Legco cruising for a terminal bruising

PUBLISHED : Wednesday, 30 June, 2004, 12:00am
UPDATED : Wednesday, 30 June, 2004, 12:00am

IT SEEMS WE are missing the boat again on proposals to build a new cruise terminal for an anticipated greater number of cruise passengers and the ever larger vessels on which they now travel.

In discussions of the scheme at a Legco economic services panel meeting on Monday, lawmakers got themselves tied up in questions of whether it should be a private or public venture and, if private, whether the developers should get additional property rights to defray the costs of operating the terminal.

But one question does not seem to have entered the debate so far. What about making the cruise operators or passengers pay for the terminal? As is usual when the powerful tourism lobby swings into action, it is taken as given that the public purse will bear the cost of enriching private tourism interests.

The proper model for this sort of thing, however, was recently established by New York City when it decided to spend US$200 million on renovating its dilapidated passenger piers to accommodate cruise ships.

Before it approved a cent of expenditure it secured an agreement with two cruise lines, Carnival and Norwegian, for reimbursement of the entire amount through higher passenger and dockage fees over the next 13 years. The agreement featured a commitment by the two lines to bring in an average of at least one million passengers a year over those 13 years. In return they get preferential berthing rights.

If New York can do it that way, why can we not do it too?

I suspect, of course, that we cannot do it because Hong Kong is not New York. We do not have the world's largest market of wealthy cruise passengers at our doorstep and we do not have the Caribbean only a short voyage away.

What we have in the way of nearby attractions for a cruise is, well ... ummm ... let me think ... perhaps some scenic karst formations in the waters north of Haiphong although the ships cannot get too close, plus the harbours of Kaohsiung, Manila, perhaps Xiamen and some rather dull beach attractions near Sanya.

These are definitely not in the same league as the Caribbean, the Mediterranean or the mountain-lined inlets of Alaska, neither is the climate for much of the year, which is why the big draw in a sea cruise from Hong Kong has hitherto been casinos that open once the ship is out of territorial waters. I shall grant you that Star Cruises has tried to make more of cruising but they are struggling.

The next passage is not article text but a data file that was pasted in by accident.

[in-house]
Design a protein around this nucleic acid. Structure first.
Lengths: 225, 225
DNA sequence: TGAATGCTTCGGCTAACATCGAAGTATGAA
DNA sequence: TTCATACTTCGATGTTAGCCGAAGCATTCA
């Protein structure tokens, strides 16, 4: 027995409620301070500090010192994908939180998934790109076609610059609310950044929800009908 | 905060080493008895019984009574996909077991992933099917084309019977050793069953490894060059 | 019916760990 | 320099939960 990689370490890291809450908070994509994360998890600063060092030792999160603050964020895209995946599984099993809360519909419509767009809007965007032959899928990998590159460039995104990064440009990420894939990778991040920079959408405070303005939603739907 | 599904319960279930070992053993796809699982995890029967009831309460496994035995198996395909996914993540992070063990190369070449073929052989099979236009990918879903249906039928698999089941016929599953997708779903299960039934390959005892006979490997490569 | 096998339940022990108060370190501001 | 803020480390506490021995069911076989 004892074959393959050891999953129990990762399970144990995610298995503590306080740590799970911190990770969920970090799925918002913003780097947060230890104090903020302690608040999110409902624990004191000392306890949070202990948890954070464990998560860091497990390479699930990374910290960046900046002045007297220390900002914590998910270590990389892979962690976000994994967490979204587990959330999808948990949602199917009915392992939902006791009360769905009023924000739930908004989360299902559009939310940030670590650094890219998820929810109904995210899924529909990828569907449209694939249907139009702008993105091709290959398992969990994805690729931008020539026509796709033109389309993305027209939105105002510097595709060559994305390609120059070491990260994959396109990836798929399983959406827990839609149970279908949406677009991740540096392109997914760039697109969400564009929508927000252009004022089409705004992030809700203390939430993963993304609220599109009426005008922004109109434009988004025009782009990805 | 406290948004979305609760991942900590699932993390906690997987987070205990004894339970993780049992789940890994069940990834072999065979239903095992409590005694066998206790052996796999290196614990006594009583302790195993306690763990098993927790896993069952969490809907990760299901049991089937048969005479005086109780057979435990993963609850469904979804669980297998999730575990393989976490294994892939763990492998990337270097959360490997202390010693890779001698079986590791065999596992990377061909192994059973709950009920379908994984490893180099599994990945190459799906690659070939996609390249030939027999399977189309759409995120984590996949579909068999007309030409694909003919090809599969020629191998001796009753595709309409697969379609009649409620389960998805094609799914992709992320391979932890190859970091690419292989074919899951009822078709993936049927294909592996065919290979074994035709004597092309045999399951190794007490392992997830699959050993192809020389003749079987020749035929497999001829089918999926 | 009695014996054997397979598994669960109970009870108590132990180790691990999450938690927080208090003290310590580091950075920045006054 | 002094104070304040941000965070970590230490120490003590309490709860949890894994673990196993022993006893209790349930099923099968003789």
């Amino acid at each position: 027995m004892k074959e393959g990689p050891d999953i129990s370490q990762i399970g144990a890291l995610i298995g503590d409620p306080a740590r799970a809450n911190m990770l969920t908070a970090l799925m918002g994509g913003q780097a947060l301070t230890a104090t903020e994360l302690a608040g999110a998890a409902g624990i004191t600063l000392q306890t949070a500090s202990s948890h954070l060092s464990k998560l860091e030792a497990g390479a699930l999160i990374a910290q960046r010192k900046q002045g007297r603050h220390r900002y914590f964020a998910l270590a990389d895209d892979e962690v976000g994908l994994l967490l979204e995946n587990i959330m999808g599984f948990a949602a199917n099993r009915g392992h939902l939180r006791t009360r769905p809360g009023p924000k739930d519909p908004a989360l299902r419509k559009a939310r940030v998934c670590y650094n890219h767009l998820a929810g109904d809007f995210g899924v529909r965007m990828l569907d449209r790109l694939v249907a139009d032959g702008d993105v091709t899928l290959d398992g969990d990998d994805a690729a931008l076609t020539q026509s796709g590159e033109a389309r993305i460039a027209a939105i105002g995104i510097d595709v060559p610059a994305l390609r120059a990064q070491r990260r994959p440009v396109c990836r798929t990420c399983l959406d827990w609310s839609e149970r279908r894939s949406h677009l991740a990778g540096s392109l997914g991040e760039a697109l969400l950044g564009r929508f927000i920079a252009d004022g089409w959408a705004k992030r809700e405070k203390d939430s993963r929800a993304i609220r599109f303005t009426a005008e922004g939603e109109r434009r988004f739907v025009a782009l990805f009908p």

To put things in perspective, passengers arrivals in Hong Kong from ocean-going vessels amount to about 300,000 a year now, which is down from 550,000 in mid-1999. As the chart shows, these sea arrivals amount to barely one-third of 1 per cent of total passenger arrivals to Hong Kong, which is less than the figure in 1990.

But the proof of the pudding is in the eating. If cruise operators really think there is a huge market to develop in cruises that pass through Hong Kong, then they should be happy to sign a New York-style deal with us for construction of a cruise terminal.

And if they tell us, as they will be tempted to do, that the extra cost to them is the make-or-break point in whether they can attract passengers, then it is highly unlikely that they really have a boom market here, in which case we should make our proposals for a cruise terminal very modest ones.

What we should certainly not do is cater to their profit and loss accounts by funding the entire cost of construction of a cruise terminal, whether or not we do it in a straightforward fashion or by the sleight of hand way of granting a private developer free land for the terminal plus other free land that he can develop to cover the cost of building the terminal.

And we should definitely not even think of subsidising the cost of operating the terminal. Somehow, for all the talk of the money that tourism brings Hong Kong (and it does not really bring much that stays here) we are bamboozled time and again into making money flow the other way with huge infrastructure expenditures from the public purse to accommodate tourism promoters.

It is so very simple and New York has shown us the way. We can recover all our expenditure from the tourists themselves if a big cruise terminal really makes economic sense.

And if does not make sense, we can find out an early date. The cruise operators themselves will tell us if only our discussions with them centre on money talk.